Embracing nature’s beauty in Tibet

Potala Palace in Tibet. — Photos: DR WONG CHOON MENG

Tibet is famous for its mesmerising scenery and rich culture. It is also called Rooftop of the World or the Third Pole, as it is geographically and environmentally influential to Earth’s climate.

Mid April is the best time to travel in Tibet as the weather is warm enough then and the flowers have started to bloom in a multitude of colours and shapes.

Some of the top things to do in Lhasa include shopping along the ancient Bakhtor area, climbing the rampart of the grand Potala Palace, walking the hallowed corridors of the 1,400-year-old Jokhang Temple and witnessing monks debating theology at Sera Monastery.

The friendly Tibetan folks are often seen in their traditional garb perfoming prayers and circumambulating at religious sites. Tibetan culture is intrinsically linked with Buddhism. However, the march of progress cannot be stopped. Modern malls, trendy cafes and fast food joints dot the streets today. Fast and reliable 4G connection is also ever-present, even in the hinterland.

Food-wise, the Tibetan diet is very meat-heavy and they love their yaks. They use it in their hotpots, grills, soups and everything else you can think of. Noodles are found everywhere too in various flavours and cooking styles.

Potala Palace. 

Tsampa (roasted flour) is a staple food for Tibetans. Butter tea is made – of course – with yak butter. There is also yak yogurt and cheese. You must try it to appreciate its flavour. The locals claim that drinking butter tea helps one to acclimatise to the high altitude of the mountains. I guess it worked for me.

My personal aim for the trip was to reach the base camp of Mt Everest from the north side. In China it is called Mt Qomolangma or the Goddess Mother of Mountain. The mountain is 8,848m high but the base camp “only” reaches 5,150m.

The long road trip is picturesque with views of rolling grasslands dotted with grazing yaks and meandering blue rivers. Beyond the river valley of Lhasa and Shigatse, the terrain changes to a dry rocky desert and deep canyons. There are no trees in these parts but you do see beautiful lakes like Yamdruk and Namptso.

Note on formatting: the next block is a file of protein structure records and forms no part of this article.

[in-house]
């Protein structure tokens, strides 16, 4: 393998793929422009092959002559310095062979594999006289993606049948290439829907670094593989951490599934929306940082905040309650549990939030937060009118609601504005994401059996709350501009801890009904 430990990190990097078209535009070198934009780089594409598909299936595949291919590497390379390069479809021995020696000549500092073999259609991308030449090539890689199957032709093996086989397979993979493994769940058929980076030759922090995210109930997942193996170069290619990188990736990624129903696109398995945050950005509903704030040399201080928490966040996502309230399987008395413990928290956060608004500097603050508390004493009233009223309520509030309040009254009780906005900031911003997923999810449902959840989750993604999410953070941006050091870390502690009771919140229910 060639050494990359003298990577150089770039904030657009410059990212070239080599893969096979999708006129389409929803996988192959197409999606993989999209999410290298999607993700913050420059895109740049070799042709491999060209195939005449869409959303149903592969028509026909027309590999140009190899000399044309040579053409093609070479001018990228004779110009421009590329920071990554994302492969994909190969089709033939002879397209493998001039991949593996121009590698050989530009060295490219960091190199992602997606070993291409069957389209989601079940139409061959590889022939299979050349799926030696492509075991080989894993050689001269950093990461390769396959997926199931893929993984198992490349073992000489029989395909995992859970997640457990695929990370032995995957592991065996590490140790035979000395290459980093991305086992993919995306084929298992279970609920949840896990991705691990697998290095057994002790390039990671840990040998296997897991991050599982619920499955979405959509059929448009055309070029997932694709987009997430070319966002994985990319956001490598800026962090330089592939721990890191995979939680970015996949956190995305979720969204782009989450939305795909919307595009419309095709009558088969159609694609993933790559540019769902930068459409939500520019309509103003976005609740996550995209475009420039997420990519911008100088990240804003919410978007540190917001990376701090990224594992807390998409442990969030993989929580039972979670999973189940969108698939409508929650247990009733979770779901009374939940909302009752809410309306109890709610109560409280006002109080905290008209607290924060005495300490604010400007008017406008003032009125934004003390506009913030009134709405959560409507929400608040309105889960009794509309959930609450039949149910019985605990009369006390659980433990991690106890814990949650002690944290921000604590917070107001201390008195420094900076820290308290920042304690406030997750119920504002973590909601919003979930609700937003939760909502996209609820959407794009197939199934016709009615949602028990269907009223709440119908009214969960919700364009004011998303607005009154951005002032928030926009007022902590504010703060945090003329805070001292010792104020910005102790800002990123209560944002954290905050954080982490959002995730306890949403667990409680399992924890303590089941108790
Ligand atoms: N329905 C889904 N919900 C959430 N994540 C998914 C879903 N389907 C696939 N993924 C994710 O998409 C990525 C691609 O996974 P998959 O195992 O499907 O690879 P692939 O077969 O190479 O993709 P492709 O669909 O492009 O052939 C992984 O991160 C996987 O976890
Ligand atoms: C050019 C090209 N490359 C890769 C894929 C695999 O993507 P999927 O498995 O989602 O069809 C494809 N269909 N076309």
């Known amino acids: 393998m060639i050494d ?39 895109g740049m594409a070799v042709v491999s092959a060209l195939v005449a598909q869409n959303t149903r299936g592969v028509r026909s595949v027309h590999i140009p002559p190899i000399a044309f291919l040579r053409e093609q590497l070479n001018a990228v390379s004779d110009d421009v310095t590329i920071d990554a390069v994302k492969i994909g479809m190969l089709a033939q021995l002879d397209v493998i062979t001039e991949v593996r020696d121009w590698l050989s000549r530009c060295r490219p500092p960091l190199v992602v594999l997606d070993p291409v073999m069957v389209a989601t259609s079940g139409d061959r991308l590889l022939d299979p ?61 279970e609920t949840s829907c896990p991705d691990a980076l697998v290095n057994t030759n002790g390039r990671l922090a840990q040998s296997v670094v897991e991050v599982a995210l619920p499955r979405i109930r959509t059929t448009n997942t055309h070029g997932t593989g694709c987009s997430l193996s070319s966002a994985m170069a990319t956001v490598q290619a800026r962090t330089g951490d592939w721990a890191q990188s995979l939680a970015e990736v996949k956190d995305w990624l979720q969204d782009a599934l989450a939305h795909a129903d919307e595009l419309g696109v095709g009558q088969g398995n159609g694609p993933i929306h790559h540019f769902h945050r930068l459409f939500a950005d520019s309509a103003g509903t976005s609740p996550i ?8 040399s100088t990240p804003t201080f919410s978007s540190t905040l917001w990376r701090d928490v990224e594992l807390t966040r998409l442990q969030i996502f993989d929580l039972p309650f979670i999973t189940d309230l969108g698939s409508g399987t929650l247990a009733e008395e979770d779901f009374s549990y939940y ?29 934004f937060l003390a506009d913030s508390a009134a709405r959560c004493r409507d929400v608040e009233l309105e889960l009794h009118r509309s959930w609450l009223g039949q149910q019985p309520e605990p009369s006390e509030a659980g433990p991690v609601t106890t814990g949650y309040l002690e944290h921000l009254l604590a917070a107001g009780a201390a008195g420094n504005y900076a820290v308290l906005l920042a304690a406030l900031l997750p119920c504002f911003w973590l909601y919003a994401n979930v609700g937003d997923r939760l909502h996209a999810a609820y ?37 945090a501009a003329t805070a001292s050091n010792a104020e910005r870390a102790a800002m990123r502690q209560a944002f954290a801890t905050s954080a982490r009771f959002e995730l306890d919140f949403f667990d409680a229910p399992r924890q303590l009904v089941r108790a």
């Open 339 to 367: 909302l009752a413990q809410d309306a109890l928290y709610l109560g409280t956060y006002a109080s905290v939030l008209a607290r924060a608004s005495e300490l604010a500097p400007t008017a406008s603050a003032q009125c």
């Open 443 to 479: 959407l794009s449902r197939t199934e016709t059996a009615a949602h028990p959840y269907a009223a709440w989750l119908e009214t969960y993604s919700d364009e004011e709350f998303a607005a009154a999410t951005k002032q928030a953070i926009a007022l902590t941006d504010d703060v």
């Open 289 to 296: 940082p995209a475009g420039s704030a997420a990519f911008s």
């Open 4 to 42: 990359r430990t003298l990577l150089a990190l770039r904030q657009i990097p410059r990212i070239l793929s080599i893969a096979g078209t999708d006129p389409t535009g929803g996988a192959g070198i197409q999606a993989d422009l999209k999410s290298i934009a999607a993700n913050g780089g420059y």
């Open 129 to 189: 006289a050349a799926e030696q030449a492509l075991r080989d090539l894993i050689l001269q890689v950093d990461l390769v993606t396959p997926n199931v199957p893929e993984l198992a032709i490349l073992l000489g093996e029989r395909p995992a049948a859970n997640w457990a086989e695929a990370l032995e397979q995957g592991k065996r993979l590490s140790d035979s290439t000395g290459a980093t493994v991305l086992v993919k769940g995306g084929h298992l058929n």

As we get nearer to the Himalayas, the road starts to zig-zag up the side of steep mountain slopes; it is not a ride for the faint-hearted!

We went through several passes including the famous Gyatso-la Pass, Kora-la Pass and Geu-la Pass, which is the last high pass before the base camp. This is where you get an amazing panoramic view of the Himalaya Range with the five “eight-thousander” peaks: Makalu (8,485m), Lhotse (8,516m), Qomolangma (8,848m), Cho-oyu (8,201m) and Shishapangma (8,027m).

The base camp is actually a vibrant place with many tents, tea houses, souvenir stalls and a provisions shop. Modern facilities are lacking but the essential warm bed and heating stove are readily available.

A short distance away from the camp is the Rongbuk Monastery with a colourful history.

The north face of Mt Qomolangma dominates the entire valley’s vista. It stands majestic and awesome, contrasting the snow-covered slope against the clear blue sky. Looking at the beautiful sunset from here was deeply satisfying for me.

This was an epic journey that thoroughly enriched my life – spiritually, physically and professionally. Truly a chicken soup for the weary soul.

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